Havens Schatt: Well it's long, there’s no two ways about it, the 12 weeks is really long. When you have the amount of horses we have, we do take one week off completely, but our barn is where we show out of, so even the horses that aren’t showing one week the braider is still there all night, the lights are on, and the horses and the grooms and the people never get a break. So that does make it long, but in the end, we all make it!

Kelley Farmer: Twelve weeks is too many.

Larry Glefke: I’ve always thought 12 weeks was too many. I mean, I compete in the twelve weeks, but I do it with a different group of horses every week. I think Kelley and I talk about that all the time, the only ones who don’t get a break down here are us, but we choose to do that, and that’s the way I make my living.

Michael Stone: Not everyone can show for 12 weeks, and many of our riders can only come down for a limited number of weeks, so it suits them much better to have 12 weeks so that they can spread their time effectively, and the fact that the numbers continually increase indicates that the majority are supportive of the circuit. We also have judges, stewards, vendors, sponsors, etc. to consider, and it is not easy to just say come to WEF but you will not be working every week.

On all-weather footing…

© Ann Glavan: Havens Schatt and Bacardi

Havens Schatt: Bacardi is really not a big fan of the footing here or in Kentucky, which is different but in essence the same, and I don’t really know why that is. He’s never been that happy on it, so I have to be careful of how much I show him and that stuff on all that footing. This year, actually at the National Horse Show last year we happened to run into the guy that works for ESI, and we were asking him was there any way in Florida they could do something about the footing to fluff it up a little bit, because it just got so hard and so packed and so firm, and he told me they were really going to work on it and they were really going to do some things.

At the beginning of Florida the footing was way, way, way better. It was fluffed up, it was soft, it was nice. Bacardi went that first week and got a 97. He noticed the difference and so did we. But about the time they started to have those big grand prix and they start using those rings as a parking lot, it just gets packed and packed. I’m no footing expert, but I heard that it takes a lot of work to fluff it up and everything, a good four to five hours for every ring if they want to do it properly, and there’s just not enough time, and so by the end of circuit yeah it became really, really hard again. At the beginning of circuit we didn’t really have any problems with coffin joints or things like that and then at the end of circuit you starts to notice that their feet start hurting, so I think that’s a direct correlation to the footing. Again, I did notice it when they started having the grand prix and parking the cars in it.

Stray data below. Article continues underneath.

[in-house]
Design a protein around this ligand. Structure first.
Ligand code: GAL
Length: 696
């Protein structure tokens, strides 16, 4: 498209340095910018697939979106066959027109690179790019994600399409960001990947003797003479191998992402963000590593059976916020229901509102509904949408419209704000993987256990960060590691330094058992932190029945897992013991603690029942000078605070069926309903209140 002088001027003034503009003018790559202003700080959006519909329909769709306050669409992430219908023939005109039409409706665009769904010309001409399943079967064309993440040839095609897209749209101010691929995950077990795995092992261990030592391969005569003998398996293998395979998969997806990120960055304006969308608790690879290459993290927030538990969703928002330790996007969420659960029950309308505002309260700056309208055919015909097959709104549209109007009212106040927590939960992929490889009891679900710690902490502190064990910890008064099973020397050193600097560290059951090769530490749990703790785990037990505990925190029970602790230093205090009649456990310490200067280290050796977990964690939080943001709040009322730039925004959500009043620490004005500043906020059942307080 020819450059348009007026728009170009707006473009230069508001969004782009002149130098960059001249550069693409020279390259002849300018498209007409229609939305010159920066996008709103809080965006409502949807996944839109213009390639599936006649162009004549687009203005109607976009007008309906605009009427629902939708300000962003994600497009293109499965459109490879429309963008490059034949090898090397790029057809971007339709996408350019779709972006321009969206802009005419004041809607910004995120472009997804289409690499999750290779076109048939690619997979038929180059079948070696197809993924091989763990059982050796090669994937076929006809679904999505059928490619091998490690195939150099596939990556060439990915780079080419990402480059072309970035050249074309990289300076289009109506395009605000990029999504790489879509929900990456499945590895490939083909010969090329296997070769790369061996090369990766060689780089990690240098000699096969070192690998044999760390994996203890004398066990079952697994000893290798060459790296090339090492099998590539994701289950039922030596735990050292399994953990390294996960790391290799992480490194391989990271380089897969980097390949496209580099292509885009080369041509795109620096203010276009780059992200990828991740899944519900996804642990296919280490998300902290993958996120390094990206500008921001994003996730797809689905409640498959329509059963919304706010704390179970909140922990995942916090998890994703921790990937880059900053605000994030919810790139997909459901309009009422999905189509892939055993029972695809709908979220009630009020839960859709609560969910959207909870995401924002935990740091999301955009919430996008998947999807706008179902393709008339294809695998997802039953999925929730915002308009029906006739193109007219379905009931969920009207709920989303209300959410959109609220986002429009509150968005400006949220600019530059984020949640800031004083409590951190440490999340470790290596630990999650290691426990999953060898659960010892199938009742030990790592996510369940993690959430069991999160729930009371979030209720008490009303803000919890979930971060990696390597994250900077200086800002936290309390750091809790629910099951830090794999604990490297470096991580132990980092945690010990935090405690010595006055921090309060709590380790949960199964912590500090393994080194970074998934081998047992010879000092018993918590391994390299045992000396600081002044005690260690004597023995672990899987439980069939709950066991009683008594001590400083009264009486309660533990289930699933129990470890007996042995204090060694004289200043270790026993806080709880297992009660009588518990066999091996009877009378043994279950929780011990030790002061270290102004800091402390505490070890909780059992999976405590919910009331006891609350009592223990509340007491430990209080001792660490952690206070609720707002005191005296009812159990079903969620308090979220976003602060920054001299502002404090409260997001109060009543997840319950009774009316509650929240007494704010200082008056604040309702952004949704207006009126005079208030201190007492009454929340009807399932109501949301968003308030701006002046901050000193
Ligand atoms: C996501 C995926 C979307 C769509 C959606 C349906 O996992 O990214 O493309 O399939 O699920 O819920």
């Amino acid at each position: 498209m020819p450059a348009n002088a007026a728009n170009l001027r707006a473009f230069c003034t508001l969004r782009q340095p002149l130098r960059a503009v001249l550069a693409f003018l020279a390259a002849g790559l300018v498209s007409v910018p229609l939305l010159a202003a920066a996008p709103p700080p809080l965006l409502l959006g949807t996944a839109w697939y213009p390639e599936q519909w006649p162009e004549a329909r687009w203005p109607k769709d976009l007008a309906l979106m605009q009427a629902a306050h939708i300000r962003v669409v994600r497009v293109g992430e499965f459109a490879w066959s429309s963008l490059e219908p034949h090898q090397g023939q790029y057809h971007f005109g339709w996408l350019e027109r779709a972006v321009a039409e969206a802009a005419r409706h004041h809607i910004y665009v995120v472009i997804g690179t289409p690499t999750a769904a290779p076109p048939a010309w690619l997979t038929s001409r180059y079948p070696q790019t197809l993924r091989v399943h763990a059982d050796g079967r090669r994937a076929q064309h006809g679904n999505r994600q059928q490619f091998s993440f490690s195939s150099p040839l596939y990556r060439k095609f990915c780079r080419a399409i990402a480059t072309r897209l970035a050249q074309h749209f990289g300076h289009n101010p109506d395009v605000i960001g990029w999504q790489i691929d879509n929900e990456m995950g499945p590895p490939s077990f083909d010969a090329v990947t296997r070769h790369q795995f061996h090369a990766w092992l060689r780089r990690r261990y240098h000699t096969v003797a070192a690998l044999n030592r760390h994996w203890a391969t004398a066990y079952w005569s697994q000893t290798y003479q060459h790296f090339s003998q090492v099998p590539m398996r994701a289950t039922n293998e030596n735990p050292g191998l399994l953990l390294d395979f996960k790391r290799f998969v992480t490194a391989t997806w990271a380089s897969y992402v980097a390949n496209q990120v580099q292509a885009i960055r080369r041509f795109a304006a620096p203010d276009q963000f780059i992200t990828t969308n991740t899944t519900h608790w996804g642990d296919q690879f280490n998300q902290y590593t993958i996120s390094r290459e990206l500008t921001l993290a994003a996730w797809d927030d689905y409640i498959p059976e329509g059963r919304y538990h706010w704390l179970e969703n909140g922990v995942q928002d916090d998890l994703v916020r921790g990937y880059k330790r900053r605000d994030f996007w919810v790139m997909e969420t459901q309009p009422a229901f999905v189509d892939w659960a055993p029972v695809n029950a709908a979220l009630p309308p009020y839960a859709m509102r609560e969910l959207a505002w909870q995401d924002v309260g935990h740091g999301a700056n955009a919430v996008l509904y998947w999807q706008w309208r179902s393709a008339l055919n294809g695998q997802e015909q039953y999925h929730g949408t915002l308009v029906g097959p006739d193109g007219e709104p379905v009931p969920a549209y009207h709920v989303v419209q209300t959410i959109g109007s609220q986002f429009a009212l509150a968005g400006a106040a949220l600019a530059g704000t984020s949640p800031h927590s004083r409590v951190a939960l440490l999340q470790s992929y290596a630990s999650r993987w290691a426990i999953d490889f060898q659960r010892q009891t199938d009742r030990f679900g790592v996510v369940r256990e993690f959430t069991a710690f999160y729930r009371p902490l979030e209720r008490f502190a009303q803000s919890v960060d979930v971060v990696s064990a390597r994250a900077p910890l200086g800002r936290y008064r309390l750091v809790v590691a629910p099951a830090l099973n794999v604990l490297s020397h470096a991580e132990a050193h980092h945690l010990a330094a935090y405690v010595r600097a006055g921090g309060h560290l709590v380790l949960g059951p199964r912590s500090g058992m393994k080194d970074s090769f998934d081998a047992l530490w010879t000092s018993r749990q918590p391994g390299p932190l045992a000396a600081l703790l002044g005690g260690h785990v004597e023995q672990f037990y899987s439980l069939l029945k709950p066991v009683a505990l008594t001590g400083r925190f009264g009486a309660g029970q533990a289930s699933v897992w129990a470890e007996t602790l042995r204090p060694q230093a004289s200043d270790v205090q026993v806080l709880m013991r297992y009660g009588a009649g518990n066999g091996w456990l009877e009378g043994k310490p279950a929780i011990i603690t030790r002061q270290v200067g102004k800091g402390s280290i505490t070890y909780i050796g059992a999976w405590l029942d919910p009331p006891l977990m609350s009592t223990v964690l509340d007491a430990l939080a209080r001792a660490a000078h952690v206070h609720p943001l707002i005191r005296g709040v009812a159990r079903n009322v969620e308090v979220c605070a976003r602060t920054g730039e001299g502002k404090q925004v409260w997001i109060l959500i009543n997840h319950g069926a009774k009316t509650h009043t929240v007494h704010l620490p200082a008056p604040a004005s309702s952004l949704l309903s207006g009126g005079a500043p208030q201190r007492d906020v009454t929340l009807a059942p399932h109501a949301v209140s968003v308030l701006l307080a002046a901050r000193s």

And we only have one jumper in our barn, but when I did get to the DeNemethy the other day to walk the course, it was so much better than the hunter ring, and they don’t use it as a parking lot at night. I totally understand that the Grand Prix is their big draw and they need places to park people, and the facility isn’t big enough for that, but you know the hunters bring them a lot of money. For them to use our main hunter ring as a parking lot, I think is just kind of disrespectful to hunters.

Larry Glefke: Sometimes they take advantage of the all-weather footing, like that stuff out there today was hard as a rock. They don’t turn it, they don’t churn it up, they don’t work it enough. I buy and sell horses for a living, so their well-being and they’re welfare is very, very important to me, not only to make sure they get good homes when they leave but I really want it to be maintained. Footing is so essential to these horses staying together and having successful circuits I believe there’s too many where they don’t work this, and they don’t get it soft enough, and you see people have falls and they get badly hurt. They’re not just hurt a little bit, they get badly hurt. I think there’s something to be said for the fact, there’s a reason they took this footing out of every racetrack in southern California, there’s a reason for it, because the horses they had no give. It’s like throwing a dart into the ground.

Bill Schaub: There’s two problems that I really have, and number one is the footing. I’ll tell you the best footing on the whole show grounds in my opinion is the 20 dollar ring, and I don’t understand why. It’s the least maintained and the most abused and it holds up the best. I think the very simple solution is why don’t they do that everywhere? I mean the footing is very hard on our horses, it doesn’t have much give and it stops them, so you have a lot of injuries. You have to be very careful what you do and I think that over at the Pony Island, literally the footing is abusive to the animals. It’s so hard, I mean I had ponies that were barely competitive over there, and when it changed rings one week they won all the classes. At my age, I’m just going to tell it like it is and live with the consequences.

Michael Stone: The footing is regularly tilled and reset. Unfortunately  if you ask 10 riders, five will say too soft and five will say too hard. We are confident that the parking has no effect on the footing. Next year we had already planned to have meetings with the riders of both hunters and jumpers to discuss these issues.

 © Kenneth Kraus/ Michael Stone - 1-6-13Michael Stone, President of Equestrian Sporthorse Productions